Category Archives: Etiquette

Forget Me Not Friday: Pinning a Boutonniere

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Easton Events

A boutonniere signifies the importance of an individual at a wedding! From the groom and his groomsmen to the father of the bride, these arrangements are a special way to honor the men in a wedding ceremony. Originally boutonnieres were pushed through the left lapel buttonhole. The stems were held in place with a loop at the back of the lapel. Today’s jackets often lack this necessary loop to hold the boutonniere in place; this is how the process of “pinning a boutonniere” became the norm.

Step 1: Make sure the flowers, greenery, and other pieces of the boutonniere are arranged as you want it to look on the lapel.

Step 2: Place the boutonniere so the flower is on or just below the widest part of the lapel. Pin the boutonniere on the man’s left.

Step 3: In order to hide the pin, insert the pin behind the left lapel and through the stem. We recommend using two pins to secure the boutonniere.

Step 4: Give the boutonniere a little push to check its stability.

Step 5: Look handsome!

Easton Events

Easton Events

Easton Events

Image 1 courtesy of Lynne Brubaker, Image 2,3,5,6,7, and 9 courtesy of Jen Fariello, Image 4 courtesy of Holland Photo Arts, Image 8 courtesy of Patrica Lyons.

Forget Me Not Friday: Children At Your Wedding

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Easton Events

Couples often wrestle over whether to include children at their wedding reception. It can be a prickly topic when the groom’s side doesn’t want to include children at all and the bride’s family wants them at the head table! Some families wish to create an affair that celebrates the love of all ages whereas other families feel strongly that the little ones will spoil the solemnity of the special evening. We have seen impassioned reactions on both sides of this topic!

If you want to include children (other than the flower girl and ring bearer) at the wedding meal, we recommend having a stationed dinner.  Include a station that you know they will enjoy like a burger bar or pasta station.  The informality of a stationed dinner creates a more forgiving ambiance if a mishap occurs and the extra bit of noise adds to the fun.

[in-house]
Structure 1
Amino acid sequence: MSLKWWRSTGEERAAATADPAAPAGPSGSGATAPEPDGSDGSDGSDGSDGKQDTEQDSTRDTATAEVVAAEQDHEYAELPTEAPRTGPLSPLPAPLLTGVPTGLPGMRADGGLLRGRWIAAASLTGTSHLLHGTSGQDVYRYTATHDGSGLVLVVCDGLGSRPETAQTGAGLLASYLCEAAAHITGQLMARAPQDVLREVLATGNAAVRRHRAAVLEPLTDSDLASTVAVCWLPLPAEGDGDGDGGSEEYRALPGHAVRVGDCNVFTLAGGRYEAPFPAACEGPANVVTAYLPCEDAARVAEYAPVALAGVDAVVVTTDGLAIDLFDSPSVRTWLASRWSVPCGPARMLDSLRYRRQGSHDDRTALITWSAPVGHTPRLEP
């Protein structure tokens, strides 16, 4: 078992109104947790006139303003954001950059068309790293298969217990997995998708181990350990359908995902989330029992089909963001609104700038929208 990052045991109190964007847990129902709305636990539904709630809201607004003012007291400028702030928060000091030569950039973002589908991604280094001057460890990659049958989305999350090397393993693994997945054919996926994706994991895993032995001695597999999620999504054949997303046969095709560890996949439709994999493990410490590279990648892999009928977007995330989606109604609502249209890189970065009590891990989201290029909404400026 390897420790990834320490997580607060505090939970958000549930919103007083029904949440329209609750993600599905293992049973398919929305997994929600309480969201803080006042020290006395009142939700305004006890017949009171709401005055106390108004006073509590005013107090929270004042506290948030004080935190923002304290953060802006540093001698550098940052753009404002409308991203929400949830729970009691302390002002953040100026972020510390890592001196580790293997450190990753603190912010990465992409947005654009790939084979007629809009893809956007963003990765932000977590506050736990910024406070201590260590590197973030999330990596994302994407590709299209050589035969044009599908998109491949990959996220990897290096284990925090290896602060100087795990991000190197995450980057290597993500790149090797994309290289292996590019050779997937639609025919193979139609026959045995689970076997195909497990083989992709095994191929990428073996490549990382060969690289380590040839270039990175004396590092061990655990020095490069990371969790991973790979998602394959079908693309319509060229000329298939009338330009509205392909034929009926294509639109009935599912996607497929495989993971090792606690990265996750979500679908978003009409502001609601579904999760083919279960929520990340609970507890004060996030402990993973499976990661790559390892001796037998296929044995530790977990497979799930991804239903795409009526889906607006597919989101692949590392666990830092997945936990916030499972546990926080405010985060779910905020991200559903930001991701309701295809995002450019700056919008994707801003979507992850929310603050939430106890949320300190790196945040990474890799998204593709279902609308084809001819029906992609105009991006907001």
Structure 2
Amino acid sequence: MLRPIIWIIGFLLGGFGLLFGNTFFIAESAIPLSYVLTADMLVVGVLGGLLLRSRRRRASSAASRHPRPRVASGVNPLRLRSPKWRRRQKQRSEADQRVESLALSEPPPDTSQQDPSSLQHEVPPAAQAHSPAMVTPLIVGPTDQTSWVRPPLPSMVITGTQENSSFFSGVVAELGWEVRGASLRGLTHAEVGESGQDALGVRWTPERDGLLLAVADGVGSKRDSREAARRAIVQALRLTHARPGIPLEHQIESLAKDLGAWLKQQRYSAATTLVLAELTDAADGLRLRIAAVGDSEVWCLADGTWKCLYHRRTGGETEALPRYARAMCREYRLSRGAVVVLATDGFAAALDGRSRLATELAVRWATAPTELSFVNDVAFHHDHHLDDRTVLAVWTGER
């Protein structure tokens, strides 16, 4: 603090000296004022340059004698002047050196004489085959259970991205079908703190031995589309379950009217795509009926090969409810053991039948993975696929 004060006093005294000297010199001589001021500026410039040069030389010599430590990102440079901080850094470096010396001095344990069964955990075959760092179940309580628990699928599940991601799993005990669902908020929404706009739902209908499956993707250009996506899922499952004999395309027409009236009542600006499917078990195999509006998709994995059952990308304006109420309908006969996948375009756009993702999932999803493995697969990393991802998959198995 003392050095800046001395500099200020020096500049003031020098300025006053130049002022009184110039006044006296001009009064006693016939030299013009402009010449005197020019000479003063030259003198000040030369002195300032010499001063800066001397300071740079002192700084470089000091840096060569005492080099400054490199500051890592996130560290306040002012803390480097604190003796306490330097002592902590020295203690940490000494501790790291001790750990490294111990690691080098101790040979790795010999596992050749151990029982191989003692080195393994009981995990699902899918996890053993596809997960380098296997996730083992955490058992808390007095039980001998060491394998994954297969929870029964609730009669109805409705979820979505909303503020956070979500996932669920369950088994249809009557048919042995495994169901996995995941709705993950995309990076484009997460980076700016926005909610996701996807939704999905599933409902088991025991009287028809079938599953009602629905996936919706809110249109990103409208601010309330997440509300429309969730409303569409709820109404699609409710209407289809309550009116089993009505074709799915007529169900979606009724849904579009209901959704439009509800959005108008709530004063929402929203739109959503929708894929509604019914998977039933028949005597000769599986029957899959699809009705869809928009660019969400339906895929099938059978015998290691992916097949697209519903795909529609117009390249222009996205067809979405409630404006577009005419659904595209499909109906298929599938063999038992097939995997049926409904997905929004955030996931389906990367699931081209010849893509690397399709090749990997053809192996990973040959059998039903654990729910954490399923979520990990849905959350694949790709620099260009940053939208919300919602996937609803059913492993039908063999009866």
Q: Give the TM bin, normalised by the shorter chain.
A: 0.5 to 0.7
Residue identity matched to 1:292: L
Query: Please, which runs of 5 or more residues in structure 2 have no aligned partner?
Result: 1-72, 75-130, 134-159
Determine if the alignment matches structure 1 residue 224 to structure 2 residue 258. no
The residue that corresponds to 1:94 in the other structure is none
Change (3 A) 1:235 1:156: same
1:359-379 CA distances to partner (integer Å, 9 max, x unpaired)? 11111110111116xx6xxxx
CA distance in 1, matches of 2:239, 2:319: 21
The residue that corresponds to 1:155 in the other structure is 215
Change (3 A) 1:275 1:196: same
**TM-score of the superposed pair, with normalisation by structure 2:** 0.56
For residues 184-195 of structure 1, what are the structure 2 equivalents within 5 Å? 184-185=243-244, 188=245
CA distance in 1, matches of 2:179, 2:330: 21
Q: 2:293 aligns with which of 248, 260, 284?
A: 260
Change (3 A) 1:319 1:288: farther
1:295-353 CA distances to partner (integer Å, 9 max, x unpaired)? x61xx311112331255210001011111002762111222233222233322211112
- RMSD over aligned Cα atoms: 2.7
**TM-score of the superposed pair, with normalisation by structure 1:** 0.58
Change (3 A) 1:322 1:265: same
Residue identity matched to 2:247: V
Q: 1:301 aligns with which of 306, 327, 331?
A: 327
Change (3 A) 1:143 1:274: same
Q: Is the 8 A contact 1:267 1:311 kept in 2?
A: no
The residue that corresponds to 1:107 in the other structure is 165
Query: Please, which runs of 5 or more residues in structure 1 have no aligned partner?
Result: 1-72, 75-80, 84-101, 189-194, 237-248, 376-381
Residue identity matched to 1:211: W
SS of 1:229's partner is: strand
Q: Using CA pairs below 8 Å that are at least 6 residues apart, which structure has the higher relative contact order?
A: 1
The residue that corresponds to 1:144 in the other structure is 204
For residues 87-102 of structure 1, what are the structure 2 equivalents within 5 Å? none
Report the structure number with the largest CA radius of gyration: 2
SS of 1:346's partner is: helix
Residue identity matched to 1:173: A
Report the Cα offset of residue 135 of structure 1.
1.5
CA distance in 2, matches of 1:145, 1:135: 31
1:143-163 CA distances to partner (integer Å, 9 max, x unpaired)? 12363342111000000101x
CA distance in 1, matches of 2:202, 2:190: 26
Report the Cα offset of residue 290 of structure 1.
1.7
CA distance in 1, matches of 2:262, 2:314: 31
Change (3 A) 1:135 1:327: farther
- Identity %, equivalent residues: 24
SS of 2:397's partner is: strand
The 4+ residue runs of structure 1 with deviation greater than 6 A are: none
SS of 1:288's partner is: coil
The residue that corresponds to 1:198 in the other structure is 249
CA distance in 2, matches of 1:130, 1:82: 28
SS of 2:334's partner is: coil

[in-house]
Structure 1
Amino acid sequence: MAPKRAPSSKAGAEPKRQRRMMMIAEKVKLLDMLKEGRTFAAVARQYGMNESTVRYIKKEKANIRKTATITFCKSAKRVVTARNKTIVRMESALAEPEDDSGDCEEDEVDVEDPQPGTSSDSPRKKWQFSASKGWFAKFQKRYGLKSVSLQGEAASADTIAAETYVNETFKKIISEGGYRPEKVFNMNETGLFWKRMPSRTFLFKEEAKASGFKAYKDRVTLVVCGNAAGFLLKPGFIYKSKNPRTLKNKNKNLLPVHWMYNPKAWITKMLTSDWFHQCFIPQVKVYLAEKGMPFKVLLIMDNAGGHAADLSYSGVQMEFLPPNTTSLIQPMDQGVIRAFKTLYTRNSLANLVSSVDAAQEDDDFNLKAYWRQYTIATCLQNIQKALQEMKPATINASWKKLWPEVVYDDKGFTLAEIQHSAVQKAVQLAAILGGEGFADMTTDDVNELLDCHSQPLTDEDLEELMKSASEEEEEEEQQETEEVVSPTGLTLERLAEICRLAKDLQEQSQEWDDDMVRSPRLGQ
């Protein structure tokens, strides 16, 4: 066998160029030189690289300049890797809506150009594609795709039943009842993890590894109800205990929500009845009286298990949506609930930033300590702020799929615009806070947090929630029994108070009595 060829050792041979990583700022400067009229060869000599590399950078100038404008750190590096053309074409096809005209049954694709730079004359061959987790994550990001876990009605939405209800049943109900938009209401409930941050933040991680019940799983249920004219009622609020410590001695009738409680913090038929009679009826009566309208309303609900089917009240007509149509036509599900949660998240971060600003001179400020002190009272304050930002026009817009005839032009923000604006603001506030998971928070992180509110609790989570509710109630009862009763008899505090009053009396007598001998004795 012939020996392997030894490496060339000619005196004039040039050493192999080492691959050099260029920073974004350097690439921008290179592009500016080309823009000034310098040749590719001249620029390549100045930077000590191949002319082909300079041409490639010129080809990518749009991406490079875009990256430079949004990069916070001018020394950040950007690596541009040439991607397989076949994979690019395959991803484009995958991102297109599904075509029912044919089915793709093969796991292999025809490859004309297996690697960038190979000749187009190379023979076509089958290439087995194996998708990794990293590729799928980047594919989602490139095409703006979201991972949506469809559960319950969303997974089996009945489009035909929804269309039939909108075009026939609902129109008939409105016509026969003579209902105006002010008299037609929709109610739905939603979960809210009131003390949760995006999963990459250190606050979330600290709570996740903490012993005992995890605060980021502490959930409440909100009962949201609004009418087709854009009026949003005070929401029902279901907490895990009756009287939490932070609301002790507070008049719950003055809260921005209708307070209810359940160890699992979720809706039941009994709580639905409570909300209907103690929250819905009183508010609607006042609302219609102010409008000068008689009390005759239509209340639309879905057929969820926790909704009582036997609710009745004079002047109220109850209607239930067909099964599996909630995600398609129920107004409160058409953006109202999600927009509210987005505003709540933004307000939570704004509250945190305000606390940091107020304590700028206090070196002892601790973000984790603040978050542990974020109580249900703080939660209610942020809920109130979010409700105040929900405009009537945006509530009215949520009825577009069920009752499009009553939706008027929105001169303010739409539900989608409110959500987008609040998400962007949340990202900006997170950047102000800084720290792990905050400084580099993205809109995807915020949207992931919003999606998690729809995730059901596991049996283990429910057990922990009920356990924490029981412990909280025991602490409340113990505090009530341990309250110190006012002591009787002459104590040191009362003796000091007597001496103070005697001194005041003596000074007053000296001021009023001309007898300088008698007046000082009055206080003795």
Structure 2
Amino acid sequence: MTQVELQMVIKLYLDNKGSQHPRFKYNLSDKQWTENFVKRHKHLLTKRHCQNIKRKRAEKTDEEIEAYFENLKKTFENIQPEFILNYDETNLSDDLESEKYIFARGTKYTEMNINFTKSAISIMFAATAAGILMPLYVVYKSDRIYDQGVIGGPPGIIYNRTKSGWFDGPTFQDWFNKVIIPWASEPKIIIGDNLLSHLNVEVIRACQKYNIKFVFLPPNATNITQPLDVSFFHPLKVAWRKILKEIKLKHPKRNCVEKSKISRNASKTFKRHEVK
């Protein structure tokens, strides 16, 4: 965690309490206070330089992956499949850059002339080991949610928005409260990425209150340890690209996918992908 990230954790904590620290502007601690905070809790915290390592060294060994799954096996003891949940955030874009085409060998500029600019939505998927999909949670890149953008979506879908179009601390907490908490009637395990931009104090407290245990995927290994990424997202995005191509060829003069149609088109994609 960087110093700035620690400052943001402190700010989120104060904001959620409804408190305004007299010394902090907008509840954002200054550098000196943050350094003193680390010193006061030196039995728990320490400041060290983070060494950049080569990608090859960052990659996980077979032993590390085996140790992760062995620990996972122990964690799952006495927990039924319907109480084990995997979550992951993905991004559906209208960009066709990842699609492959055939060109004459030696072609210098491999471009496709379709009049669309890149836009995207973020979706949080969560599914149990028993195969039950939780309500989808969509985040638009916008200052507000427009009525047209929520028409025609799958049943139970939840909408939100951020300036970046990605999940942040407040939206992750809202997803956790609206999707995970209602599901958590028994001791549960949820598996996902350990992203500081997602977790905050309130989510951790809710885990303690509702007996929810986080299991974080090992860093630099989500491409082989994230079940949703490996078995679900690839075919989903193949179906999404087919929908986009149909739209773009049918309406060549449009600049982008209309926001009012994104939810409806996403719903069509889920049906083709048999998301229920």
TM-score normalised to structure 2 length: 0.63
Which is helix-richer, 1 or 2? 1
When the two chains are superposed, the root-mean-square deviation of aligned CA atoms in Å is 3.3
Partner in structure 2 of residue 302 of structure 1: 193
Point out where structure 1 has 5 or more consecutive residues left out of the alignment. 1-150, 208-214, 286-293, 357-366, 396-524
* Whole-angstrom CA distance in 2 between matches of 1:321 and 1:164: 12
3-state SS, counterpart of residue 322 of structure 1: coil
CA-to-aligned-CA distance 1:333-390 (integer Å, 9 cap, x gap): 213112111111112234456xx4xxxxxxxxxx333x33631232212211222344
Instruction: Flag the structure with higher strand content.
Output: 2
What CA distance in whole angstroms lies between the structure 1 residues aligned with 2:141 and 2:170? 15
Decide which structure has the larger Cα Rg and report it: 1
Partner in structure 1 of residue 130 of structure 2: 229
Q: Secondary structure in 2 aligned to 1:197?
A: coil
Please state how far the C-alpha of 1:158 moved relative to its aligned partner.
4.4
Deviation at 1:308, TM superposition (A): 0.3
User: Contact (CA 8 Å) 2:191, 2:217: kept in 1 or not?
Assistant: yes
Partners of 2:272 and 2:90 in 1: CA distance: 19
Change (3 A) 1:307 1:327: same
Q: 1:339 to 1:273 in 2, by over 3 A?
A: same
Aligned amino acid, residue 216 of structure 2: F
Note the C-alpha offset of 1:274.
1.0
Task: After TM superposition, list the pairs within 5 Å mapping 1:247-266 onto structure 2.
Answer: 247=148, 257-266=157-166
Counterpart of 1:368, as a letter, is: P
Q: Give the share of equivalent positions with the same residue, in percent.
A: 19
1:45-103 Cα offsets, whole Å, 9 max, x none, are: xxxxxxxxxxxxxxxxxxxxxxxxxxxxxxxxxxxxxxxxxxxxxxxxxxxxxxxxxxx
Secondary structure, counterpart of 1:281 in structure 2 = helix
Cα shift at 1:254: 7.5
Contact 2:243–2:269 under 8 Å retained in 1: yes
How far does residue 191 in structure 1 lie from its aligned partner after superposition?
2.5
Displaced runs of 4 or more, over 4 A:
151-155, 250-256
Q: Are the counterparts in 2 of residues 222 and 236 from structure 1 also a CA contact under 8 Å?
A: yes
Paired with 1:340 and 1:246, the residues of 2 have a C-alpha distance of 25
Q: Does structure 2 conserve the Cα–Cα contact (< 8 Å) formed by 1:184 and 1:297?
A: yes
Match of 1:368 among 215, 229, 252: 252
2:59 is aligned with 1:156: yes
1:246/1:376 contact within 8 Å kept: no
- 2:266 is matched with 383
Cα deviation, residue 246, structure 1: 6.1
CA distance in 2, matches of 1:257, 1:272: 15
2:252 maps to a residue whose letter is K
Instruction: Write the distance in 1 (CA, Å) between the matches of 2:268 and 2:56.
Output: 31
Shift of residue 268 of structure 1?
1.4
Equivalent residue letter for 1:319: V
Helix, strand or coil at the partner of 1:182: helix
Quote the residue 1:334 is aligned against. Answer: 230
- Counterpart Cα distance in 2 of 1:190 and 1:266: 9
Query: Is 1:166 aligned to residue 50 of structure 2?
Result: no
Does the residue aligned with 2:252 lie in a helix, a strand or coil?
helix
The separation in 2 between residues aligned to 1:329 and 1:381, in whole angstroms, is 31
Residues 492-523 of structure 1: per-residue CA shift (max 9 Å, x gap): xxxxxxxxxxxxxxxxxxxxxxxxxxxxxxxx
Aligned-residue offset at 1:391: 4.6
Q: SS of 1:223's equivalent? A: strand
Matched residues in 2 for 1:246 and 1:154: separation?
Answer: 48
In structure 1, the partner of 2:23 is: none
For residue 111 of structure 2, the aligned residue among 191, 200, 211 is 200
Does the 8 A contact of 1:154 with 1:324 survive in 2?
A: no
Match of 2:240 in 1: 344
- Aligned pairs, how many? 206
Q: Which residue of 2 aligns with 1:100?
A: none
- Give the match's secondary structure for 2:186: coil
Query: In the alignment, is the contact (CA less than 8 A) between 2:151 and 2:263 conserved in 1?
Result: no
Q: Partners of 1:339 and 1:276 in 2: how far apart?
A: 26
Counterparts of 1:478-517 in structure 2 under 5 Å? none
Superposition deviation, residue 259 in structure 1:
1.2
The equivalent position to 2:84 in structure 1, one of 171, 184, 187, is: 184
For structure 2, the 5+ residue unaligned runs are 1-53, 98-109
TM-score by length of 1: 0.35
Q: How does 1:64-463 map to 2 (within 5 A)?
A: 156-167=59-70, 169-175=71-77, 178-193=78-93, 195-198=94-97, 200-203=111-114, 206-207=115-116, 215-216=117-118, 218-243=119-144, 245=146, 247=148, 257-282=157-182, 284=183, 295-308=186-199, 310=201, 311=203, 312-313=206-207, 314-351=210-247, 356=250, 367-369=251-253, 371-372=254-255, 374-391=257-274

If you are planning on having a formal multi – course seated dinner we suggest asking the venue if there is separate room that the children can play in and have a kid friendly meal. This way they are nearby but not included in the dinner.  It is almost impossible for children to enjoy a 2-hour dinner and therefore the parent’s don’t enjoy it either.  Be sure to get a babysitter to help keep the children entertained and provide crayons, coloring books, and a few games.  Request that the venue provide a DVD player and ask the parents to bring some of their kid’s favorite movies.

Once the band strikes up we often find the children are the first ones on the dance floor! There is something very sweet about a little girl dancing with her uncle on his big day or a bride twirling her little nieces.  With proper for-thought, children can definitely bring joy to any wedding celebration. Their energy and excitement will be contagious!

Easton Events

Pippin Hill Farm and Vineyard

Easton Events CharlottesvilleEaston Events Image 1, 5, 7, 8, and 9 courtesy of Patricia Lyons, Image 2 courtesy of Paul Morse, Image 3, 4, and 10 courtesy of Jen Fariello, Image 6 courtesy of Lucy O.

Southern Living Issue

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Earlier this year Easton Events was asked to create a holiday dinner table for the December issue of Southern Living. We tuned on the Christmas tunes, called the local Christmas Tree supplier, and started thinking about our ideal holiday tablescape.